Railway fencing – update

NewsLots of correspondence has been exchanged since local residents started to voice their concerns over the new fences at Teddington and the protests are showing no signs of letting up.

The Teddington Society has officially written to South West Trains and Network Rail asking for full clarification of the circumstances and reasoning for the new fences that have upset residents. The issue seems to have united opposition throughout the Teddington Society’s 1000+ members and opposition hasn’t felt this strong about any local issue since the Police custody suite proposals back in 2007.

One response from Network Rail: “The fence running along the railway around Teddington station needed replacing. As the old blue railing-style fencing no longer complies with modern standards, we replaced it with one of our standard, medium-security chainlink fences which included barbed wire at the top to act as a deterrent to people attempting to climb over it. Following concerns raised by some local people, we have offered to meet with Richmond Council to discuss options for replacing the barbed wire element of the fence. It is important we maintain a secure boundary along the railway to deter trespass on the railway and vandalism, which could put lives at risk.”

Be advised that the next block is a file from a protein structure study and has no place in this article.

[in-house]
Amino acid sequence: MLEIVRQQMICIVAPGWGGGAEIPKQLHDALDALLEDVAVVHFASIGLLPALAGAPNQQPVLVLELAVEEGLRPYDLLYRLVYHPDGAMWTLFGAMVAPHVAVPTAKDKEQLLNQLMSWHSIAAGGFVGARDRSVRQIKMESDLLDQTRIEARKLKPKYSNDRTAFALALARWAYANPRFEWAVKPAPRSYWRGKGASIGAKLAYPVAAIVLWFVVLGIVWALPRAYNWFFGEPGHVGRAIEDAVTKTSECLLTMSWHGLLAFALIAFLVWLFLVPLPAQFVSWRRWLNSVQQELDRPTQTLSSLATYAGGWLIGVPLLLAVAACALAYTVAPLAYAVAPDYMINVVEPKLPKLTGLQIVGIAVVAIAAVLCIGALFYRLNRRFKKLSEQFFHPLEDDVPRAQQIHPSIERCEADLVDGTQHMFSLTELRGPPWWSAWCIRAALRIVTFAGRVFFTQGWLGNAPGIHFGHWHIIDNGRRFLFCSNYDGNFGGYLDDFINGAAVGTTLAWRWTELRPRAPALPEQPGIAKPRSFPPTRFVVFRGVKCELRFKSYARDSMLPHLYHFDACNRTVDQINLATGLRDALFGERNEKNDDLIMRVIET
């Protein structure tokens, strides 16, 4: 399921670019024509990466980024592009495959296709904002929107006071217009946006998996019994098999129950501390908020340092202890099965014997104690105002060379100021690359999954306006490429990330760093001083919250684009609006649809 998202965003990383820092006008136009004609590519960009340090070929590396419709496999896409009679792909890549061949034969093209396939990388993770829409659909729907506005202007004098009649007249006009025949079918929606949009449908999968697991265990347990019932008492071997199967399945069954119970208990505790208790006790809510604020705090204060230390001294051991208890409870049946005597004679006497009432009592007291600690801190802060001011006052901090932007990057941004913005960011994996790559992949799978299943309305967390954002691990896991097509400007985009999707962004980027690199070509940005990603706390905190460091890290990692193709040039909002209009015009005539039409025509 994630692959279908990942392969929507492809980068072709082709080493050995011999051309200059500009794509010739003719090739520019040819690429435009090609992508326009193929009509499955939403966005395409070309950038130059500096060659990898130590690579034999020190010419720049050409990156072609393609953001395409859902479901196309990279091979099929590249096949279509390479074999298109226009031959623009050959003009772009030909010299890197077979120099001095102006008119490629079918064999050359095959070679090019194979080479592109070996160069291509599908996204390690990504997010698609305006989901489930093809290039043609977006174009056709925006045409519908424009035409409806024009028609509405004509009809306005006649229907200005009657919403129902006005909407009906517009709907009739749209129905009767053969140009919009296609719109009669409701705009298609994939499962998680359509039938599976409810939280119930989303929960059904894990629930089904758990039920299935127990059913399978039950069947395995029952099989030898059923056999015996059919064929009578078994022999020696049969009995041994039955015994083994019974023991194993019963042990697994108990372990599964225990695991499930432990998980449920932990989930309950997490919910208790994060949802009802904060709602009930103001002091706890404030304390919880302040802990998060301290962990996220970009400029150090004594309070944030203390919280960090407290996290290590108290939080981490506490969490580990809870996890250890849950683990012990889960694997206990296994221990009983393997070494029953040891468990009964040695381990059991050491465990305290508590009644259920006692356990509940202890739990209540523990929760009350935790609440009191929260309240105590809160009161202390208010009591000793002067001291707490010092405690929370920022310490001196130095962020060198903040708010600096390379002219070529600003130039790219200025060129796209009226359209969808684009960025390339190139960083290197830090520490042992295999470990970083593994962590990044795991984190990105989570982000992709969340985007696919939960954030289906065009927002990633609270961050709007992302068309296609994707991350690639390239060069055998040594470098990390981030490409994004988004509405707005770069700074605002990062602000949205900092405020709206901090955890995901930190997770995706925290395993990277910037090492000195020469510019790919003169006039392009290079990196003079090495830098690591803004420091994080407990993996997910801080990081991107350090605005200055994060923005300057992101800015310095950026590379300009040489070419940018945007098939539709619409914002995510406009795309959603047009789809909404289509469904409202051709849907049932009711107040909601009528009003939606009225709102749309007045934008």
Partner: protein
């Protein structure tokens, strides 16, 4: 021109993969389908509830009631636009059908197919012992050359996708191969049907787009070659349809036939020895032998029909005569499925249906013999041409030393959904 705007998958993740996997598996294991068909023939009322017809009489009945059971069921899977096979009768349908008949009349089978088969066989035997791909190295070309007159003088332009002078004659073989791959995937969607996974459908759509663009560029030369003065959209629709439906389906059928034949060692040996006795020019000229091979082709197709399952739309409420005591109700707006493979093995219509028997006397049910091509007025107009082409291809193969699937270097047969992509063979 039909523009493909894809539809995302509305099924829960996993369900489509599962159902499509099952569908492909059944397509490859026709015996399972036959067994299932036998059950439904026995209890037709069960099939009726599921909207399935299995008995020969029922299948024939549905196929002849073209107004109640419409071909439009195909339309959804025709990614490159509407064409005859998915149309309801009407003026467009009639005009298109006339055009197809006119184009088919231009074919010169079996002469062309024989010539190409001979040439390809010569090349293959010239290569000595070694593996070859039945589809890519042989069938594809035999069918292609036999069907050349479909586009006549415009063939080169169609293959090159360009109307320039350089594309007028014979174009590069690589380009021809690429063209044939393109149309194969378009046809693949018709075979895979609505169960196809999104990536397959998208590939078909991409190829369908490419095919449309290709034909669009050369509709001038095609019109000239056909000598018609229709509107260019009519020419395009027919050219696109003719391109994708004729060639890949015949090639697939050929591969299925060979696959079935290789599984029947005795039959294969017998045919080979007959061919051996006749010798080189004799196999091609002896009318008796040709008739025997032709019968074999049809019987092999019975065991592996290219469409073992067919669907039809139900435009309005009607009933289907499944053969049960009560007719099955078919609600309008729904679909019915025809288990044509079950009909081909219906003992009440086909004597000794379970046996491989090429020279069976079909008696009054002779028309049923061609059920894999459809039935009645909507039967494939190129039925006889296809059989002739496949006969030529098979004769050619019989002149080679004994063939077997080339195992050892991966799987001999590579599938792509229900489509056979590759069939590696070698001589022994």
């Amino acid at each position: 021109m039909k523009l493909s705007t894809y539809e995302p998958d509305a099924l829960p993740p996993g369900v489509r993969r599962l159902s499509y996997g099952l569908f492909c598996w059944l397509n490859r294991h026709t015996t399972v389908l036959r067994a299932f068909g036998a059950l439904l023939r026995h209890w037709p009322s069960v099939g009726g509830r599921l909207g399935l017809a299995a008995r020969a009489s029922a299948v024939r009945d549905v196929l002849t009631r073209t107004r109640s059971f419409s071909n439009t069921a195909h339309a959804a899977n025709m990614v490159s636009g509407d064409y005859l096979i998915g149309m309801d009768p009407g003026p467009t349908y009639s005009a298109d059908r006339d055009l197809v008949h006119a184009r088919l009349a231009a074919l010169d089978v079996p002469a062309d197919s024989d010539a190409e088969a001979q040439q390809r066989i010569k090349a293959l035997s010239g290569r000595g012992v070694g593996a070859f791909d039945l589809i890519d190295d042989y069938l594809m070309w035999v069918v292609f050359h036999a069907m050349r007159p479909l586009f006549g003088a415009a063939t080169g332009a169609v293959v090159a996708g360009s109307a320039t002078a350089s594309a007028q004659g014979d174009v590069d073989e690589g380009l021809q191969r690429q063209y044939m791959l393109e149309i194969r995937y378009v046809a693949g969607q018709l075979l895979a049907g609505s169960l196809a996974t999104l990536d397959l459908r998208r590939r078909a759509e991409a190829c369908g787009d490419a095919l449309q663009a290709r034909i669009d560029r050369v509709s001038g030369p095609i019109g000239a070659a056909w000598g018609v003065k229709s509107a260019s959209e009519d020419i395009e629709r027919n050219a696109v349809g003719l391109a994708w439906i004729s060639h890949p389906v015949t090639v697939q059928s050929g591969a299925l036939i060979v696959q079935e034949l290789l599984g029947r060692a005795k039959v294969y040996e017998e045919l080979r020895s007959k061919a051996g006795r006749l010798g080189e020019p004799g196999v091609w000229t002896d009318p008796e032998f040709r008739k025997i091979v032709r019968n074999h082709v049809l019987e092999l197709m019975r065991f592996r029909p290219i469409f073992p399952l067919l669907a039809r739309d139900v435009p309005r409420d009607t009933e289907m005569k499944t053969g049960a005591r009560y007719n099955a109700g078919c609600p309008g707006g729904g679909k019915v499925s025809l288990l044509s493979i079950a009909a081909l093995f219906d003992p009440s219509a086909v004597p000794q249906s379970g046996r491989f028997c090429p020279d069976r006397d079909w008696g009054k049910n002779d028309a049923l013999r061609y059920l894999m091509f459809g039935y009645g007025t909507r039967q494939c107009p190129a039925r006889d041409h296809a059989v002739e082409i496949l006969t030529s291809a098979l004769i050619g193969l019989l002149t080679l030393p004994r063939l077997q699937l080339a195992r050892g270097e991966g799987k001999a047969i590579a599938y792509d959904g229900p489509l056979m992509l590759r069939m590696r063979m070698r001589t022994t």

The Society’s view is that the historic railings should be put back in place (or another compliant modern alternative) because most if not all of the justifications given by Network Rail for the replacement of the fence don’t seem to tally with specifics of the station – specifically:

  • High incidence of railway trespass
  • High incidence of vandalism/graffiti
  • Fly tipping

Opponents to the fences have replied that Network Rail have provided no evidence of any of the above – any graffiti that has appeared around the station is on the opposite side of the tracks under the road bridge or at the power substation which seems most in need of any new fences (and also doesn’t face the front of houses). One glaringly obvious factor in this discussion is that the station remains open 24 hours a day so any fences won’t actually stop anyone entering the concourse and adjoining land.


Electricity sub-station on the Richmond/Shepperton-bound platform

An on-site meeting to include Network Rail and Vince Cable may take place soon with a view to clarifying the fencing policy which the Teddington Society believe should give special treatment to Victorian Railway Stations in built-up areas facing houses such as Teddington Station.

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